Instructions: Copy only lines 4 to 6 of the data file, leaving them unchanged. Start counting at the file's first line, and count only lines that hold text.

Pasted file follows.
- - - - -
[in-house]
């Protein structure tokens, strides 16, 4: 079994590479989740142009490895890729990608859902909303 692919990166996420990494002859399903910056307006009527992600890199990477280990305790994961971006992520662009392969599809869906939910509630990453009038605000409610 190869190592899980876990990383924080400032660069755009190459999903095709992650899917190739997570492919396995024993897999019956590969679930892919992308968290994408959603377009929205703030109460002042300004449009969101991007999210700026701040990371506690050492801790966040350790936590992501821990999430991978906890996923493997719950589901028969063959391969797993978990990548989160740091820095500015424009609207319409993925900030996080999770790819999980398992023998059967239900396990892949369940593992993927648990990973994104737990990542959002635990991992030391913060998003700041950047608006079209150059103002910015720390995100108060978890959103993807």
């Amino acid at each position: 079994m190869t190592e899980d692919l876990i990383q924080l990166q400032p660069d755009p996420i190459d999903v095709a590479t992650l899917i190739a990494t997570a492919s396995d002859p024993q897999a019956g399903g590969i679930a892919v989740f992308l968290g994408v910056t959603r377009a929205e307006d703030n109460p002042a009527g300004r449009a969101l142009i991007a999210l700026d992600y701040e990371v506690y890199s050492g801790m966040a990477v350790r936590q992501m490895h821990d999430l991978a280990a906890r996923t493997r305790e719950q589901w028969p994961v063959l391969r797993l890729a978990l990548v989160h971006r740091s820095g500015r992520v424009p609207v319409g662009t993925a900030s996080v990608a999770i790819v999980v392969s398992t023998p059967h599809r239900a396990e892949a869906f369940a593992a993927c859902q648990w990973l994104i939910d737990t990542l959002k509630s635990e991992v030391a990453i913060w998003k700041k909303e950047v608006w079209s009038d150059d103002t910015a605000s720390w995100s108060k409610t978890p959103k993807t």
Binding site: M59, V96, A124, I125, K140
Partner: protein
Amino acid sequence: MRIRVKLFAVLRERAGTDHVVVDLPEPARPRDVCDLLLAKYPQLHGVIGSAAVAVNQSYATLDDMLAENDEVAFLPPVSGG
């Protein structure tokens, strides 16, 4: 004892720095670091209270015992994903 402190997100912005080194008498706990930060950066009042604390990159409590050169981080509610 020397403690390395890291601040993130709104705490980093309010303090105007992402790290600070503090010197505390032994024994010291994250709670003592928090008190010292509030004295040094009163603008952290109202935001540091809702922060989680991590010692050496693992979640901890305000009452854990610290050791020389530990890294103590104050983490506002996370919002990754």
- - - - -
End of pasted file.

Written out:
Binding site: M59, V96, A124, I125, K140
Partner: protein
Amino acid sequence: MRIRVKLFAVLRERAGTDHVVVDLPEPARPRDVCDLLLAKYPQLHGVIGSAAVAVNQSYATLDDMLAENDEVAFLPPVSGG